Ah, so there’s sort of the circuitry or wiring that runs through your brain linking things up. What do you think, smarty pants? Is trusty right? Of course he is. Great job, T .N. Thanks. So why are some memories forgotten pretty quickly while other memories are more long -term?

Does it have anything to do with synapses? It sure does. What happens is coming up right after this short break. Hi, trusty here with a special message for all the parents and guardians listening. I know how important it is for your child to excel in every way possible, especially when it comes to education.

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I also put the link in the show notes. Happy summer, happy Father’s Day and happy eating. Now back to who’s smarted. Here let’s take off that VR headset. I want to show you what’s going on with the synapses as it applies to memory.

Okay do you recall earlier I asked you to repeat five different words in order? Do you still remember them? Um oh boy I think so. What about you smarty pants? Can you remember the five words in order from earlier?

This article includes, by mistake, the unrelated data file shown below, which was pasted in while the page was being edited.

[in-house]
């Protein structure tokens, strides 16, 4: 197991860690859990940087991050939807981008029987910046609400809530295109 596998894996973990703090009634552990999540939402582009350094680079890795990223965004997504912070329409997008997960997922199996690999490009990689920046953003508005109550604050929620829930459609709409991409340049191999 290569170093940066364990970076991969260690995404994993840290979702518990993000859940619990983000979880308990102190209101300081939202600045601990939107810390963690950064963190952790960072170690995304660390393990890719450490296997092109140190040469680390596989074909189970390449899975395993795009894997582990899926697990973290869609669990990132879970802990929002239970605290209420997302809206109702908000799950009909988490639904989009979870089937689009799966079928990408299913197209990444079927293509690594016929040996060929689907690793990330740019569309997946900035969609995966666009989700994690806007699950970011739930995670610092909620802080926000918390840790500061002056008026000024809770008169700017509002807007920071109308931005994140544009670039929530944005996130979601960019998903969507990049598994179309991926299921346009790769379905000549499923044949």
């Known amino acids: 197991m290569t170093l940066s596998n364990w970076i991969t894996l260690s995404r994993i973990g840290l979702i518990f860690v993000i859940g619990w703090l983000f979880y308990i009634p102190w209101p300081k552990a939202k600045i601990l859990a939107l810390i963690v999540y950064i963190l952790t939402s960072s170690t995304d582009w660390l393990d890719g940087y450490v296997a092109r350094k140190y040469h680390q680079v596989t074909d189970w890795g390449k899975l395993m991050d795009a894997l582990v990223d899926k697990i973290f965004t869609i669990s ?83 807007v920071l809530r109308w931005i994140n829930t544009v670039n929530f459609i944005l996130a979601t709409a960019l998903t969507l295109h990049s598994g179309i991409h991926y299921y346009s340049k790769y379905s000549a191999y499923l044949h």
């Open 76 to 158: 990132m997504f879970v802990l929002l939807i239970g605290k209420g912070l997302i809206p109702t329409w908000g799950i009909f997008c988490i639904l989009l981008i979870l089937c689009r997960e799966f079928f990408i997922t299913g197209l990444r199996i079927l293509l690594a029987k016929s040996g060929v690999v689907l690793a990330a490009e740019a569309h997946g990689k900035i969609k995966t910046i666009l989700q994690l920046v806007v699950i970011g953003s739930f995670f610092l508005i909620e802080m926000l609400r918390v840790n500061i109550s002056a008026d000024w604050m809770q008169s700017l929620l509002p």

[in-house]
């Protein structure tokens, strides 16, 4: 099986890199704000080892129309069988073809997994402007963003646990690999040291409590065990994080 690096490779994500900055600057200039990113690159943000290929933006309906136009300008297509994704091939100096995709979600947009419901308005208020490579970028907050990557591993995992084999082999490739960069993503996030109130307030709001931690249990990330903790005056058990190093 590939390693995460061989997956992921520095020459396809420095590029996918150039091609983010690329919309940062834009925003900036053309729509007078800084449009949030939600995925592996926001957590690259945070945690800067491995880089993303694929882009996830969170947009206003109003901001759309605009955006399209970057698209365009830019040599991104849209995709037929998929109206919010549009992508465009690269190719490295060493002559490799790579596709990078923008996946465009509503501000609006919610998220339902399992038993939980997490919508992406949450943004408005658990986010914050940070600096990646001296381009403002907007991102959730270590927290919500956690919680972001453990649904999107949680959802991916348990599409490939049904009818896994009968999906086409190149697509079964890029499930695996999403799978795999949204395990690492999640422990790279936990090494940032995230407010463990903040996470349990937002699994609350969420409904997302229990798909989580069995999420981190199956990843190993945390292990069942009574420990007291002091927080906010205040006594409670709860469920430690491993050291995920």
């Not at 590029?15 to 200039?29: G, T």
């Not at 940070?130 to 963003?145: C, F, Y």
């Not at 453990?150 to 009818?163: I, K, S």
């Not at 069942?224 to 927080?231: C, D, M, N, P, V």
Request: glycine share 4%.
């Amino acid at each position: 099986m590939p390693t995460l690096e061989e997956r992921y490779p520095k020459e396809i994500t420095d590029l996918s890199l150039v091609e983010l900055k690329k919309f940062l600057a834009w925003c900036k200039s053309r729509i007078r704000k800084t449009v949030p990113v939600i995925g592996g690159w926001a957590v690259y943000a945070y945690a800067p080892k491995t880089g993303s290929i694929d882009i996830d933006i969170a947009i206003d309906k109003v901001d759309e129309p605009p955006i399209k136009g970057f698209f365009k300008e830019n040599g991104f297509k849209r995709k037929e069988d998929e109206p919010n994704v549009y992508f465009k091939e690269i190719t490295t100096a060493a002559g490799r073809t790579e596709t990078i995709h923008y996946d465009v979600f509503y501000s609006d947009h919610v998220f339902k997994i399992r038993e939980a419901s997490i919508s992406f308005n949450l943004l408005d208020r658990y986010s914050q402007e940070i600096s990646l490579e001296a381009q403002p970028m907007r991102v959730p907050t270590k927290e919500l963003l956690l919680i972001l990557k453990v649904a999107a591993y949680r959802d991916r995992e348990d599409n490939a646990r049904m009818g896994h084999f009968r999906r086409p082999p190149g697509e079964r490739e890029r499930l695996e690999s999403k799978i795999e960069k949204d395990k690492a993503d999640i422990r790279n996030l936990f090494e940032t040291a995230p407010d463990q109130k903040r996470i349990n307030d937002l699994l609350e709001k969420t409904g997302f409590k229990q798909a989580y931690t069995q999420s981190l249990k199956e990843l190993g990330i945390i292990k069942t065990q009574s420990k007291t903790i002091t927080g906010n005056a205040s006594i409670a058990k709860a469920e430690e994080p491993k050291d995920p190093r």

Ready? Mouse. Car. Flower. Balloon. Yeah one more. Oof, I’m having trouble remembering the last word. Smarty pants, a little help? Ah, that’s right, skateboard. Thanks, Smarties. That little experiment is an example of what happens inside your brain when it comes to short -term memory.

When presented with simple, rather mundane or ordinary stimuli, your neurons haven’t had a chance to gain any strength through repetition. It’s all too new. I see. Memories are created by the reactivation of certain groups of neurons that are formed by the repetition within your synaptic connections.